Little Free Pantries 

Burrito Brigade’s pantries bring ready-to-eat food to neighborhoods

Community Pantry Illustration by Sarah Decker
Illustration by Sarah Decker

Amy Hand puts hard boiled eggs, peanut butter and jelly sandwiches, mandarins, canned beans and tuna, tampons and toothbrushes into a baby blue wooden pantry on stilts next to the street in front of her house. “Take what you need, leave what you can” is hand written in black paint on the side of the pantry facing the street.

Three minutes later, a man comes riding down the street on a bicycle, holding a plastic garbage bag full of his possessions over his right shoulder. He pauses at the pantry, takes some food out and rides away.

Hand’s pantry is one of 17 in Eugene-Springfield, which are organized by the local nonprofit Burrito Brigade. The organization delivers free vegan burritos to hungry people in Eugene and Portland every Saturday and Sunday. It relies on donations. 

Little Free Pantries bring neighborhoods together and help those who don’t have the ability to drive long distances to get free food, says Jennifer Denson, Burrito Brigade’s executive director.

Hand, the front-of-house manager of Gratitude Brewing, says that while food boxes are often available at places like FOOD for Lane County, they rarely contain ready-to-eat food that unhoused people without kitchens can use. 

Hand fills her Little Free Pantry with things that are ready to eat or easy to prepare with a microwave: instant ramen, instant mashed potatoes, frozen burritos, etc. She also puts in essential hygiene products like toothbrushes and tampons. She says around 30 people stop by the pantry every day.

Burrito Brigade’s Denson also stocks the pantries with day-old, expired or otherwise hard-to-sell food donated from local businesses.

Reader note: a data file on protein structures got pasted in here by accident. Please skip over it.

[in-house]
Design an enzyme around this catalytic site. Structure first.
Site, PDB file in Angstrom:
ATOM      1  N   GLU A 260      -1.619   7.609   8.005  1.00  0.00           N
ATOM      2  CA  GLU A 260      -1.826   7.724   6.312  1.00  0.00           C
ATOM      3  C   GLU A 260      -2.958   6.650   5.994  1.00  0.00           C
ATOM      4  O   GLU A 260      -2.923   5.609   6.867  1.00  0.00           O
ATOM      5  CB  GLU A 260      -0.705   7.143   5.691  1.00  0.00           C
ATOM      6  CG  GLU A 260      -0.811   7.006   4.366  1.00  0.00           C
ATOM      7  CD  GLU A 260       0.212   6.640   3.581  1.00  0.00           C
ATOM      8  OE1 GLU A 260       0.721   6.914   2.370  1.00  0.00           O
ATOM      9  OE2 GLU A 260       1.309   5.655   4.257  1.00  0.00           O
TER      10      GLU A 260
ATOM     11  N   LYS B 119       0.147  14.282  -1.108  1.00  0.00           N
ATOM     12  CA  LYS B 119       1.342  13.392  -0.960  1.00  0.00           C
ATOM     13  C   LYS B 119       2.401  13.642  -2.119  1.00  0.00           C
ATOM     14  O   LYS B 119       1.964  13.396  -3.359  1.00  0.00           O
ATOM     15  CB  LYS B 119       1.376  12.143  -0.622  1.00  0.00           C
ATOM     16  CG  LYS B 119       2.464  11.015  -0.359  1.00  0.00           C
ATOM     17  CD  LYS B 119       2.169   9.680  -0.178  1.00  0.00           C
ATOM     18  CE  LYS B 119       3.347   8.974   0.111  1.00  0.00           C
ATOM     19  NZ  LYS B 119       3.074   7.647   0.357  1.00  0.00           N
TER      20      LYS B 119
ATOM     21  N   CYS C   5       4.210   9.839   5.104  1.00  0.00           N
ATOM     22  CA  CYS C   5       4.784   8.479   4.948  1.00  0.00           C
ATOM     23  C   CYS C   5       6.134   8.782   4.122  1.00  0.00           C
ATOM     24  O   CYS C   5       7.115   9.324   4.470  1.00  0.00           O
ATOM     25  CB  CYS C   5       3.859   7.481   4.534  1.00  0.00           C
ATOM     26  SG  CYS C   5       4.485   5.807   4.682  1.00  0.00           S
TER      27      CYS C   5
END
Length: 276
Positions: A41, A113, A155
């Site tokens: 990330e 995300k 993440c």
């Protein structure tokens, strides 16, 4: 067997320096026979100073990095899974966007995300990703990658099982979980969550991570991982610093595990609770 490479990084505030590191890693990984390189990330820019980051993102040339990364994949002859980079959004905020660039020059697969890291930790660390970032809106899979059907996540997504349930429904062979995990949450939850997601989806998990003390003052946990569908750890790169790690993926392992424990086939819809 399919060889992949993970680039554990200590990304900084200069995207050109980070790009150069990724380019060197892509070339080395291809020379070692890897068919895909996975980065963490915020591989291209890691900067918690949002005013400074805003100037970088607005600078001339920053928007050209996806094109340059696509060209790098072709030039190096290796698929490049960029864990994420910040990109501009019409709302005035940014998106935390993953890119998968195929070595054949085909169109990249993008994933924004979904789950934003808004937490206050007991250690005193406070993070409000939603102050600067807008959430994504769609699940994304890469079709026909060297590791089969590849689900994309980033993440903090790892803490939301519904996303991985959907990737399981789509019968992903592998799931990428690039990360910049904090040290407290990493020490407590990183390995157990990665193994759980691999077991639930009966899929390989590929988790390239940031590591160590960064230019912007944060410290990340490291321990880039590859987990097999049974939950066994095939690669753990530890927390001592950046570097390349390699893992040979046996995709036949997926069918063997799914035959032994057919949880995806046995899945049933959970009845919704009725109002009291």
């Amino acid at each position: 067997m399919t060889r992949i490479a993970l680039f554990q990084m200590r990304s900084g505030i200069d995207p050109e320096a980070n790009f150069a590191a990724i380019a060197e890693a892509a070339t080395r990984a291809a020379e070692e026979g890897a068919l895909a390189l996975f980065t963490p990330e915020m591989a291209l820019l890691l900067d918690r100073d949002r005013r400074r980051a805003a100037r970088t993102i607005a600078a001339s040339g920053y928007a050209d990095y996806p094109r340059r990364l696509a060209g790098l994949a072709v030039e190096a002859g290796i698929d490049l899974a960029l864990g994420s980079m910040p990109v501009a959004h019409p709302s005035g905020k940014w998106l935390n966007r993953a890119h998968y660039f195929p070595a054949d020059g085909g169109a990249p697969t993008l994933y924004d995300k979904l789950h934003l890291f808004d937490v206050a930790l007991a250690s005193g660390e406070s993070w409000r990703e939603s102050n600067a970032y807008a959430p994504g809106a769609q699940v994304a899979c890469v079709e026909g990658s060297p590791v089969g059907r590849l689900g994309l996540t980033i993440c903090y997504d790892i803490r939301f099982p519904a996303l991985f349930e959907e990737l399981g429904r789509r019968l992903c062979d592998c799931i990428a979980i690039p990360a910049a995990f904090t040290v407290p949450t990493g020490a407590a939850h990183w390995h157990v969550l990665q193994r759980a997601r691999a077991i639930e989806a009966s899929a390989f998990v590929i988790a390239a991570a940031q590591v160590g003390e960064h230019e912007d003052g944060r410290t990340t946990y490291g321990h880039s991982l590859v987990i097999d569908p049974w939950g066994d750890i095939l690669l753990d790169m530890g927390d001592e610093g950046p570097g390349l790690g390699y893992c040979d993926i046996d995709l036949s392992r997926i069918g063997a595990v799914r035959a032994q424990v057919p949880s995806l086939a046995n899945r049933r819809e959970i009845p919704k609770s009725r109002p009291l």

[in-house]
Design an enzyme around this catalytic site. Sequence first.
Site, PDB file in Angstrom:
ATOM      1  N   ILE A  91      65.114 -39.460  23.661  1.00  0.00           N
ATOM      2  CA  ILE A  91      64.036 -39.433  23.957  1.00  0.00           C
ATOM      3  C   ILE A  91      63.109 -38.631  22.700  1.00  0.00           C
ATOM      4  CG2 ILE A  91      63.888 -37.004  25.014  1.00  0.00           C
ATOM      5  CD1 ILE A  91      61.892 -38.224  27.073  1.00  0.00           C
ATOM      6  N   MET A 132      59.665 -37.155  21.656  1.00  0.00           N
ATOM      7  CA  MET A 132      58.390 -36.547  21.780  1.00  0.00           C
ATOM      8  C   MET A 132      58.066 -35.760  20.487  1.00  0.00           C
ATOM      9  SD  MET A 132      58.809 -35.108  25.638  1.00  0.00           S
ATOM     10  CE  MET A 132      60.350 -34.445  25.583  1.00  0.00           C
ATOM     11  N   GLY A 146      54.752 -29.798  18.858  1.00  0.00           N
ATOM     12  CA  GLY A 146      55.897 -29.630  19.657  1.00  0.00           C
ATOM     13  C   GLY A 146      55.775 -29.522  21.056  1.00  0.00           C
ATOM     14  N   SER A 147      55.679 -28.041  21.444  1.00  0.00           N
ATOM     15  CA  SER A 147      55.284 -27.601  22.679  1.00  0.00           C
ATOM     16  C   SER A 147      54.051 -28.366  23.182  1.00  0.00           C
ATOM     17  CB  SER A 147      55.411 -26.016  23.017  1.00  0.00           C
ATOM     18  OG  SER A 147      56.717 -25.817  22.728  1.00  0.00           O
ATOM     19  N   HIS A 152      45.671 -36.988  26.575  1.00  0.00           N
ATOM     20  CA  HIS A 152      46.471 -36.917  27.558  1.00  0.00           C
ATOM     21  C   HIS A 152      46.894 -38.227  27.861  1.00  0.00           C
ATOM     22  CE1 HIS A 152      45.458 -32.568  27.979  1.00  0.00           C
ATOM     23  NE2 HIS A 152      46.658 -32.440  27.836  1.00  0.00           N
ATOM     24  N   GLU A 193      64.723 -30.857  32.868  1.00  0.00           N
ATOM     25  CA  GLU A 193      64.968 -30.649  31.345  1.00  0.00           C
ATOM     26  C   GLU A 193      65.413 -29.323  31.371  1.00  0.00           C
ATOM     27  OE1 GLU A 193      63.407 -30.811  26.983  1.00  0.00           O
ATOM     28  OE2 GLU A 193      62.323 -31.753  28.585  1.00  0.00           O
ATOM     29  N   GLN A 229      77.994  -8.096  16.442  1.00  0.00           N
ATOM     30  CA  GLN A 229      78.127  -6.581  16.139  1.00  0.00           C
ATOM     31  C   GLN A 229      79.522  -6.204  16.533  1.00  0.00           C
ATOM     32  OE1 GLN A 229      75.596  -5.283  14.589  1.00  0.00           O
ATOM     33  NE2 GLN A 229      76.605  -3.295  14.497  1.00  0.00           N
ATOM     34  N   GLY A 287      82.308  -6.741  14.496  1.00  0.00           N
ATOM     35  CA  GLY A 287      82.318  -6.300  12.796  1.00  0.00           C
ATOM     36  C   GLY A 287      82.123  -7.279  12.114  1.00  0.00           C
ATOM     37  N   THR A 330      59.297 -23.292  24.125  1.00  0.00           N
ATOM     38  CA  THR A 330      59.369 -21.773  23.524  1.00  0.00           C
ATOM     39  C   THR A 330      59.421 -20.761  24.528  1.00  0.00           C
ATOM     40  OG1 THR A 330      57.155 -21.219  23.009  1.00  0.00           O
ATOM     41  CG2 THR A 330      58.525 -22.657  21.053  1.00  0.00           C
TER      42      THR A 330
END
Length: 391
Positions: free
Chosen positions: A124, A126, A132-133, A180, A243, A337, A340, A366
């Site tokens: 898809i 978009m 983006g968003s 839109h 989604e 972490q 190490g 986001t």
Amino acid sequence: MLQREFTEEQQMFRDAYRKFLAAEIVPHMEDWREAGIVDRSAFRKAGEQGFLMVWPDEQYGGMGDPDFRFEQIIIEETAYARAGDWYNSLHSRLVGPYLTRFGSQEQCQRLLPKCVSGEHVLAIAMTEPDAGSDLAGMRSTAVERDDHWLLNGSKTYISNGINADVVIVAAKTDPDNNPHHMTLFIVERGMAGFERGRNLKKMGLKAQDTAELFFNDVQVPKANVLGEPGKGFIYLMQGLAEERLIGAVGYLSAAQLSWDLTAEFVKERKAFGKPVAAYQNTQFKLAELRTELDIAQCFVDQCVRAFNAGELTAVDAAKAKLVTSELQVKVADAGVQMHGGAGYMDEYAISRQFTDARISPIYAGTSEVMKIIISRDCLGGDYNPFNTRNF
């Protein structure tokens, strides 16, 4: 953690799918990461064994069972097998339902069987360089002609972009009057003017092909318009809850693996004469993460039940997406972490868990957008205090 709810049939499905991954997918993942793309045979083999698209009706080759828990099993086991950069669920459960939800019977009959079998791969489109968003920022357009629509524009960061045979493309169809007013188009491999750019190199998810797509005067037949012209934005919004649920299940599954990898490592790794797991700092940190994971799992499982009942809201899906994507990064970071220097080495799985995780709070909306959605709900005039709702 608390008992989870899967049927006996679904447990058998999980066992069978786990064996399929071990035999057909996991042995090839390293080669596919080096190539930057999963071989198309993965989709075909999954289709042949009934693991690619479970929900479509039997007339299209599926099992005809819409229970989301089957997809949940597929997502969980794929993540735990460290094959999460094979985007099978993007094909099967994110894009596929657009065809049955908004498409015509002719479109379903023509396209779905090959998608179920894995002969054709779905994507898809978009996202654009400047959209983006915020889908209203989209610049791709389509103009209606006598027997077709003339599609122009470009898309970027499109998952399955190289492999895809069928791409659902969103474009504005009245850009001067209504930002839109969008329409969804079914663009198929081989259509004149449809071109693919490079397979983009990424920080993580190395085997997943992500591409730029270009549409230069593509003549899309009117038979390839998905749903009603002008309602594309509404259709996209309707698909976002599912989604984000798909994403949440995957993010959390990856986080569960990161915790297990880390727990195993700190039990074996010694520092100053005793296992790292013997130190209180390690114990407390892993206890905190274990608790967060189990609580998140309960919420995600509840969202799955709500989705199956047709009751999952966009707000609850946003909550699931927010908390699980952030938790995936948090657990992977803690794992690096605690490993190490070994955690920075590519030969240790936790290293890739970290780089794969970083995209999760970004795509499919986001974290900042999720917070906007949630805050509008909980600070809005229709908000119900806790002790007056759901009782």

The Little Free Pantry concept started in 2016 when Jessica McClard, a mom in Fayetteville, Arkansas, was inspired by the Little Free Libraries she saw popping up all over her town, according to The Washington Post. There are now about 600 Little Free Pantries around the world. Burrito Brigade started making its Little Free Pantries in August 2018. 

Willamette High School’s woodshop class builds the pantries. Burrito Brigade provides the construction materials. 

Since people started panic-buying and hoarding food because of COVID-19, the pantries are emptying faster than ever before. People who are normally food-secure may  be struggling to eat now, too. There have been thousands of layoffs in Oregon in the last week, and many stores are out of affordable food. 

“Your neighbor could be struggling, and that box of mac and cheese or that loaf of bread or whatever might get them to the next paycheck,” Denson says. “Not just unhoused people are hungry.”  

Denson now stocks the pantries with burritos on Saturdays and Sundays. Because of how quickly they’re emptied, she says she’s not worried that they’ll go bad. 

Hand got her Little Free Pantry in November 2019. She’s been stocking it with peanut butter and jelly sandwiches and hardboiled eggs every day since then. 

“I’ve been a server all my life. My mother’s Italian,” Hand says. “I get great joy out of feeding people.” 

Paul Safar, a piano teacher, composer and performer, hosts a box outside of his music studio in another part of town. He says people come to his pantry about every hour.

When he got the pantry in August, he filled it regularly, but now, neighbors pitch in and keep it filled. 

Safar says a couple living in their car nearby once approached him to tell him how grateful they were that somebody had put a blanket in the box. They’d been getting cold at night in their car.

Another time, a man who appeared to be homeless dropped off a flashlight in the pantry that he didn’t need. 

Hand also says that people who take food from the box also sometimes drop off food of their own. 

Burrito Brigade is going to try to keep providing food for those who need it during the COVID-19 crisis. But the last time Hand went to WinCo, most of the affordable canned goods she normally buys were sold out. 

Hand says the demographic the pantry usually serves is people who shop only when they get a little bit of money. They can’t stock up on food. 

 “All the reasonable things at local convenience stores are being stripped down, and I don’t think it’s for the population who needs it the most,” she says. 

Hand urges people to keep talking each other during this crisis, and to not become self-centered and hoard food. She implores people to leave some affordable items on the shelves when they go shopping, so that those that can’t afford anything else don’t starve. 

“There’s enough to go around for everybody,” she says.

Burrito Brigade is looking for more hosts, especially in the Bethel and Gilham areas and in Springfield. Email, or message Burrito Brigade on Facebook for more info.

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